We have a few weeks leading up to our presidential election, and threats of partisan violence are real. How are we going to act as Americans? David Leonhardt wrote last Friday in The New York Times, “Three years ago, the polling firm YouGov asked Americans whether they thought it could ever be justified for their political party to use violence to advance its goals. The overwhelming response was no. Only 8 percent of people said anything other than ‘never.’

“This year, YouGov asked the same question – and the share saying that political violence could be somewhat justified roughly doubled. The increase spanned both Democratic and Republican respondents.

“‘We’re seeing more and more citizens expressing openness to violence as more and more partisan leaders engage in the kinds of dehumanizing rhetoric that paves the way for taking violent action,’ Lee Drutman, one of the political scientists who oversaw the YouGov poll, told me.”

In response to last Thursday’s arrests, Governor Whitmer said, “So let me say this loud and clear: Hatred, bigotry and violence have no place in the great state of Michigan. If you break the law or conspire to commit heinous acts of violence against anyone, we will find you. We will hold you accountable, and we will bring you to justice.”

We have a violence problem in our country, and it is on both sides of the political spectrum. Angry rhetoric. People making assumptions about others’ beliefs. Differing views on coronavirus mitigation. Terrifying threats. How do we as people of faith respond? I sense the polarization and tension increasing as Election Day draws near and would like to offer a few observations.

  • God never intended to create us to be exactly alike, and each one of us has a right to our own views.
  • Differences are a part of the beauty of our democracy.
  • In our churches, we are called to model respect for all, even for those with whom we strongly disagree.
  • We must make it clear that, as disciples of Jesus Christ, we believe that violence is never an acceptable path to resolving differences, and we unequivocally denounce hate groups.
  • We can disagree without vilifying others. We can debate without becoming contentious, and we can dialogue without creating enemies.
  • We can honor one another’s convictions without feeling that we are “giving in.”
  • No one should ever be coerced to vote in a certain way.
  • Respect, understanding, and open dialogue model healthy conversations.
  • Putting people down and spreading mistruths is never acceptable.

We live in a democracy where voters will decide the course of our leadership on November 3. Gary and I will likely participate in early voting, and I will make sure to thank all those who are working to provide safe and secure locations. We are blessed and privileged to live in a country where democracy affords equal opportunity as well as freedom. However, with freedom comes responsibility.

What responsibility can you commit to now? Do you accept the freedom and power God gives you to resist evil, injustice, and oppression in whatever forms they present themselves? (United Methodist baptism, confirmation, and membership vow) Will you commit to dialogue about important issues while respecting one another? Can you acknowledge that differences are part of the beauty of our democracy? Will you do your best to ensure that no one is forced to vote in a certain way?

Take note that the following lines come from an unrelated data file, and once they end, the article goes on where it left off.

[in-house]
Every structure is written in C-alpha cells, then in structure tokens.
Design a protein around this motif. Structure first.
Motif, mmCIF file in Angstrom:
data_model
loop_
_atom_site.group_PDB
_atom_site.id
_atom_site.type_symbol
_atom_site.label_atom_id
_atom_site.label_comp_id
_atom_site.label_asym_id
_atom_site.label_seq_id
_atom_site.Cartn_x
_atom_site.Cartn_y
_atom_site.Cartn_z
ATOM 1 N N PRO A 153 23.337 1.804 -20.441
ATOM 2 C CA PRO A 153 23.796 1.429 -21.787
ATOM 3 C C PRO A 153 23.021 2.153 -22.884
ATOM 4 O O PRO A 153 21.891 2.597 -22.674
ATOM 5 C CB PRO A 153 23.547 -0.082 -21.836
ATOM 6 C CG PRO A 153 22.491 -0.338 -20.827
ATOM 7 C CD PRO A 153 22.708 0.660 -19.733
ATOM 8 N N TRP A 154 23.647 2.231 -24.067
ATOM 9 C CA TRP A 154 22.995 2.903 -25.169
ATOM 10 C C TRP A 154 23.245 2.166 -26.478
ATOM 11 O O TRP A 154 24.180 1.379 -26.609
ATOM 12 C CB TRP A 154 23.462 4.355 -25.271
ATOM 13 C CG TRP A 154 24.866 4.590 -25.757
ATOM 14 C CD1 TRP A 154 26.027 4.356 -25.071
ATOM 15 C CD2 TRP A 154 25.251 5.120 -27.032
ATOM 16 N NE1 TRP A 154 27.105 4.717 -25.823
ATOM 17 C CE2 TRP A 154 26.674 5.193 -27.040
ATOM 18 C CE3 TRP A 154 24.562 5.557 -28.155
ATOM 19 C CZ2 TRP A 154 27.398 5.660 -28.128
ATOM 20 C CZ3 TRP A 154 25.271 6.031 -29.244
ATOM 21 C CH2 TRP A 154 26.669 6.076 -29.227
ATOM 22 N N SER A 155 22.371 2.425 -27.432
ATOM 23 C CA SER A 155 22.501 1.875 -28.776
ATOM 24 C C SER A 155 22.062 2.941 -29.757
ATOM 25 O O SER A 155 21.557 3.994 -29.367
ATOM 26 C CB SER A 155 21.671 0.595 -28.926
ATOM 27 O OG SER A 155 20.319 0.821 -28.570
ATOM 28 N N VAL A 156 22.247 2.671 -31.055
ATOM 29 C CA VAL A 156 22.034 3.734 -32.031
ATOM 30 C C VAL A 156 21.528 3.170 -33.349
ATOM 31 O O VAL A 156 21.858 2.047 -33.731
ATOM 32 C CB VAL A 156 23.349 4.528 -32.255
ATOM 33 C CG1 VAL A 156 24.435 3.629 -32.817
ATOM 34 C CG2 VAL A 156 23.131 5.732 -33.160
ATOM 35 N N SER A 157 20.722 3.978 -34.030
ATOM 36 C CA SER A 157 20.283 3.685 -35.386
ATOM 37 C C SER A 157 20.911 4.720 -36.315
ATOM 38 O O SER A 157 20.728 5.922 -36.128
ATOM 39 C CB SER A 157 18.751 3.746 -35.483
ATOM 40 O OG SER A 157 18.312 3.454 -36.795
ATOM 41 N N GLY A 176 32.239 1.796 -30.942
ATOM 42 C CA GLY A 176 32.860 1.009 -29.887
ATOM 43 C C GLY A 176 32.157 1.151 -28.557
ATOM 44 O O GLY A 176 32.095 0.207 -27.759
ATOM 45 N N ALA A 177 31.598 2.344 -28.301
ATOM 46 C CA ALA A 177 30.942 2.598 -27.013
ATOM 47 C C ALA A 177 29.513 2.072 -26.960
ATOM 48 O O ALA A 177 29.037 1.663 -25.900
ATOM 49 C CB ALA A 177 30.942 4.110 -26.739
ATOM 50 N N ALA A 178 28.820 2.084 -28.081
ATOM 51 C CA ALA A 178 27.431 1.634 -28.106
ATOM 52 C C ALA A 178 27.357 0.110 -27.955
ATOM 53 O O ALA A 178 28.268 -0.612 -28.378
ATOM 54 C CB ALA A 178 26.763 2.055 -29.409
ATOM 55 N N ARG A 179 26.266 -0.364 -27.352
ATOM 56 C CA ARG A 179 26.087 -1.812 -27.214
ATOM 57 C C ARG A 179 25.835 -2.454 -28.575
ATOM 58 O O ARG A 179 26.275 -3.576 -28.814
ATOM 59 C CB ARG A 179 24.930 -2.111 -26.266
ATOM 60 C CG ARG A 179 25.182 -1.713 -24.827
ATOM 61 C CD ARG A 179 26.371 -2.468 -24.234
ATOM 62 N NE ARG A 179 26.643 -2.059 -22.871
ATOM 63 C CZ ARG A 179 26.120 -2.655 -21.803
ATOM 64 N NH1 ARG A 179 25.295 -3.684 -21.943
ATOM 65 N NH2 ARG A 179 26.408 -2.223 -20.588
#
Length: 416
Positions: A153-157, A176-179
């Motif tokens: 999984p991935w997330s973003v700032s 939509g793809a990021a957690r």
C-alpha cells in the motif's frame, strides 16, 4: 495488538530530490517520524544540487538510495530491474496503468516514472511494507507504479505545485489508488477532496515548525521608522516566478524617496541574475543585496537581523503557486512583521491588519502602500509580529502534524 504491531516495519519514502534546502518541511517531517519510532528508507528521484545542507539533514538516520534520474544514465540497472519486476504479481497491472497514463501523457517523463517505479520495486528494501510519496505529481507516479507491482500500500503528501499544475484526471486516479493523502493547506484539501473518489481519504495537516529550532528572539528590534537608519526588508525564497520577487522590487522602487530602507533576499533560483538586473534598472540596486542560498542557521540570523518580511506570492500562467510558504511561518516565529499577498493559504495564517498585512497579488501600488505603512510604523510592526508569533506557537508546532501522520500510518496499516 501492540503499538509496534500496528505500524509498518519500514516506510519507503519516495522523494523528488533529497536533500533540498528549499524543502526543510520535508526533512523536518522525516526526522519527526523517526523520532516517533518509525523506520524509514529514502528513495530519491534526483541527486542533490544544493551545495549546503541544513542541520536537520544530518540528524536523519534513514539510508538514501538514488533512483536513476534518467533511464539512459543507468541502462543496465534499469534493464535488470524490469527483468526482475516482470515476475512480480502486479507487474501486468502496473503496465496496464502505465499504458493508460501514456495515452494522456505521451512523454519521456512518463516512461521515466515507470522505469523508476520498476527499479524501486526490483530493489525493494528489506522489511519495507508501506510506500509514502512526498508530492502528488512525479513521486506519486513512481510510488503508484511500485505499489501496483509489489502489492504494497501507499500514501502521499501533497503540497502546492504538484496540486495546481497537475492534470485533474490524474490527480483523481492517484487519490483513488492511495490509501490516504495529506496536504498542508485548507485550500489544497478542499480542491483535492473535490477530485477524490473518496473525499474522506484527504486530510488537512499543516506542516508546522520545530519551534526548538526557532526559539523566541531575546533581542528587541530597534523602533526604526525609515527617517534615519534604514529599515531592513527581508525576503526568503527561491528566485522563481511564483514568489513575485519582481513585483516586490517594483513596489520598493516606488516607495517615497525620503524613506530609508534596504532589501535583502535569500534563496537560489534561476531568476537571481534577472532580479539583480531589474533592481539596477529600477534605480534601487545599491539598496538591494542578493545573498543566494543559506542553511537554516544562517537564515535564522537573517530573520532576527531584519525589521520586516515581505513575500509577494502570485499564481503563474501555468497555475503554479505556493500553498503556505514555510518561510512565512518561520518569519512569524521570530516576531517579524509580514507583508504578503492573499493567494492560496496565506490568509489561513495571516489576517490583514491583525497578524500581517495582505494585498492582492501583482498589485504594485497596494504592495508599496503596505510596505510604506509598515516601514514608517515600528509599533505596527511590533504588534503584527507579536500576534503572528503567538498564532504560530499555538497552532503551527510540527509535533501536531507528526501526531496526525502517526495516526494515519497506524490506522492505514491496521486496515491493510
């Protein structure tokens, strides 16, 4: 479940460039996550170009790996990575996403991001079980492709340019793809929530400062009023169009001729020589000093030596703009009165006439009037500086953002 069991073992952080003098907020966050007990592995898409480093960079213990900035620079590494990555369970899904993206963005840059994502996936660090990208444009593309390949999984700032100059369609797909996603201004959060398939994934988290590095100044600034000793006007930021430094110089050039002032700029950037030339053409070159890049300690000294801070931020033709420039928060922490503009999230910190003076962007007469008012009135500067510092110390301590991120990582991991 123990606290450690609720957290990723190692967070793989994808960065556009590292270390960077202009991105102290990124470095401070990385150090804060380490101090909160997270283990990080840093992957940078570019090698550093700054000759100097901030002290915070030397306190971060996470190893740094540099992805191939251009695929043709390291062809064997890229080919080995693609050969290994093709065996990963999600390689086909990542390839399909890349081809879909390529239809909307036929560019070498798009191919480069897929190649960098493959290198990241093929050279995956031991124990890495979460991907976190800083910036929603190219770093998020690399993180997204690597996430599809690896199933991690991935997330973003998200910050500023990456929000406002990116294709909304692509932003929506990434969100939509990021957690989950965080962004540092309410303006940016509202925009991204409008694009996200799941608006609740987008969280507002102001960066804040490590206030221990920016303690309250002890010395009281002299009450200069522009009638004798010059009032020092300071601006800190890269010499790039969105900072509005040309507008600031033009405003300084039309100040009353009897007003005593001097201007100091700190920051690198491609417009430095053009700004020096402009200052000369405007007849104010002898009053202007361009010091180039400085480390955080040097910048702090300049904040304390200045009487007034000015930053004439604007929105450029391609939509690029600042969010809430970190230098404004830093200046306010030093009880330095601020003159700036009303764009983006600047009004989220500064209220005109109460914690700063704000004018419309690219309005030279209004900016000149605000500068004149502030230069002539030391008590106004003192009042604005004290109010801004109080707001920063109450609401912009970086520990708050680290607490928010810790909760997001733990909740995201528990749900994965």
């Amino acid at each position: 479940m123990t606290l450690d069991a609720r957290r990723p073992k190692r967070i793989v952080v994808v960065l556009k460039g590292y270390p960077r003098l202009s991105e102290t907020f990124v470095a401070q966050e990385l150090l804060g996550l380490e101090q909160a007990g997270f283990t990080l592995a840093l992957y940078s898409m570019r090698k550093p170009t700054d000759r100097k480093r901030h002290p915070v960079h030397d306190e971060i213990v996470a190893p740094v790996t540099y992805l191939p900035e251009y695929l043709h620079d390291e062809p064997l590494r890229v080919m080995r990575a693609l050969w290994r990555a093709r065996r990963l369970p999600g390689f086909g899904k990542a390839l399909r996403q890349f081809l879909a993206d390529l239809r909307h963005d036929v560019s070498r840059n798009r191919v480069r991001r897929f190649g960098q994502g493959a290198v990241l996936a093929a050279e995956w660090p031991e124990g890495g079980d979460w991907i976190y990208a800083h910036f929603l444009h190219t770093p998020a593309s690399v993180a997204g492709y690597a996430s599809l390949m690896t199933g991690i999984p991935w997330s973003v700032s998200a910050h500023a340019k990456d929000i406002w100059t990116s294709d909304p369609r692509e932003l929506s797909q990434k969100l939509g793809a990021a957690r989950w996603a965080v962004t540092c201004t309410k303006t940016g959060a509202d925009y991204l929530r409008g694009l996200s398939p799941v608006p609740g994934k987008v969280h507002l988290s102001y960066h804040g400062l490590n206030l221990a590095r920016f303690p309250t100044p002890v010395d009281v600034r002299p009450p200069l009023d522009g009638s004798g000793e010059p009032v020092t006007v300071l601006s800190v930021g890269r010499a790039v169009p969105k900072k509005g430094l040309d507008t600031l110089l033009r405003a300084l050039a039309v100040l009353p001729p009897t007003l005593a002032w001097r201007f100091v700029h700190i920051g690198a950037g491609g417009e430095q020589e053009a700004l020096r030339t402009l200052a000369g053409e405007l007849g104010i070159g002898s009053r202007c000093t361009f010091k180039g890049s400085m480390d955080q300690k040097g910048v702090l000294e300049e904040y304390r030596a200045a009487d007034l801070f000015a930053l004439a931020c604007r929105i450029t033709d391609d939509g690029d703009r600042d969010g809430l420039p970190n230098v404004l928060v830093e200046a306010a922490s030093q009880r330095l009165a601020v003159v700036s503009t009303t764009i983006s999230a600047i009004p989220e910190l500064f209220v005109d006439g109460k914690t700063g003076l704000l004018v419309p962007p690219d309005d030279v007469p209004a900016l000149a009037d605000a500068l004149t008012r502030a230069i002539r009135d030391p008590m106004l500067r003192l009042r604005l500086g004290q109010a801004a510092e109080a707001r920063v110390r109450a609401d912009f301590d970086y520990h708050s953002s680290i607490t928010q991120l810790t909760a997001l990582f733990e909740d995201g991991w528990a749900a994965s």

May God bless our country as we prepare to vote, and may God bless our entire world as, together, we commit to doing whatever we can to mitigate the effects of COVID-19. Most of all, may we do no harm as we share God’s love as one diverse human family across the world.

Tending the Fire Within

It was ten days ago, and I had just finished several Zoom meetings in my home office. As I walked into the kitchen, I heard a loud crashing sound from the direction of the office. To my astonishment, the top shelf of one of the eight-foot, built-in bookshelves chose that moment to collapse.

Grateful that I had not been sitting at my desk, I gathered up the books into a few piles and gave thanks that I was not hurt. I guess I should have known. It’s probably not a good idea to place heavy hard-cover books as well as my United Methodist History, Polity, and Doctrine papers on the top shelf of any bookcase.

Discerning this as a sign from God, I began looking through the books and pamphlets that had fallen, some of which I had not touched in many years. Here’s what I found.

  • These Things are Ours, a book of poems and illustrations by Michigan artist and author Gwen Frostic. My 7th grade English teacher, Mrs. Richie, gave me this book at the time of my high school graduation. I, on the other hand, gave her fits because I just couldn’t seem to understand the nuances of English grammar.
    • “the woods stood shimmering … a delicate fantasy …
      the wind was still,
      the air was warm
      a great phenomenon of life took place
      the day the leaves came out”
    • “somehow a tree exemplifies a great unconquerable spirit”